After mail server 125 receives email 210, system 100 follows one of the user-defined rules 128, enabled by software, detacher 129 to remove the email attachment 145 from the email 210 to create or render a “stripped” email 230. At this point, system 100 follows another of the user-defined rules 128, also enabled by software, call incorporator 130 to add a call 245 to the stripped email 230. Call 245 on stripped email 230 takes the form of an icon, text, or other graphic associated with a hyperlink, to allow the recipient 165 of the stripped email 230 to optionally retrieve the email attachment 145.
In order to optionally retrieve the email attachment 145, email attachment 145 may be stored on the mail server 125 in storage 142. Storage 142 may be allocated for storing email attachments in general and may include, for example, a database in non-volatile memory such as a hard drive. In addition to a general storage area, mail server 125 may follow still another user-defined rule 128 to partition storage 142 to form a storage area solely for email attachment 145. In other embodiments, email attachment 145 may be stored on any computer system or server responsive to activation of call 245 to transmit email attachment 145 to the corresponding recipient 165.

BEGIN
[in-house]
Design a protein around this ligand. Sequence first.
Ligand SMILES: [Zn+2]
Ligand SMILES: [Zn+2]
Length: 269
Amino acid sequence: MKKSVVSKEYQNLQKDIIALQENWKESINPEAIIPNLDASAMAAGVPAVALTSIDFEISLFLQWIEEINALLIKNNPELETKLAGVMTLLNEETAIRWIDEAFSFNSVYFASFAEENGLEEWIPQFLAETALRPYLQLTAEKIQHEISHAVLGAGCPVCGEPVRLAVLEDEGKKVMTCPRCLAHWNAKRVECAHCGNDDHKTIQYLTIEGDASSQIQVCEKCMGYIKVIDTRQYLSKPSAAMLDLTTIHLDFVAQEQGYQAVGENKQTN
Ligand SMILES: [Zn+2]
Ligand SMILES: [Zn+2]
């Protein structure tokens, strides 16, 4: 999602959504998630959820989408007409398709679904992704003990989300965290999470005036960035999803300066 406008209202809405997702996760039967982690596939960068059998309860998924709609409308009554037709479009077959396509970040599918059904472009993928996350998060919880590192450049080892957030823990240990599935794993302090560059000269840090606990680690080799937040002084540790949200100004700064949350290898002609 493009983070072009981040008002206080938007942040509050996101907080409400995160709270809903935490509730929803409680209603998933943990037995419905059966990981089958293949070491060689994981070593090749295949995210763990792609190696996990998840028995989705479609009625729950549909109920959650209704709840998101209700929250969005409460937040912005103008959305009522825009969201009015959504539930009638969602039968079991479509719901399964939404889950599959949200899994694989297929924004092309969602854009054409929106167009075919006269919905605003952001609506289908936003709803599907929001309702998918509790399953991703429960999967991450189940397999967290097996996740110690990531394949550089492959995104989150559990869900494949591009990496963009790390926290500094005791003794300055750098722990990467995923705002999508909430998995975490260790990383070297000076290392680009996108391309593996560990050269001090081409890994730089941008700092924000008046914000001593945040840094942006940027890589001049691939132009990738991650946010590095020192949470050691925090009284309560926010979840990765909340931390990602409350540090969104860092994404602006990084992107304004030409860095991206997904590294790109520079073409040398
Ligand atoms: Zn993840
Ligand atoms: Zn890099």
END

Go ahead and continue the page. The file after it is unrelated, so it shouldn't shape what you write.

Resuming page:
For the stripped email 230 with the call 245 to leave the mail server 125 to reach the intended recipient 165, the system 100 uses a router 150 in combination with a modem 152 communicate with another LAN/WAN 153 to make a call to a second modem 155, where a second router 157 forwards the stripped email 230 to the intended recipient 165 on a second network 160. Notably, if the intended recipient of the stripped email 230 is on the same network as the sender, then only the router 150 is used.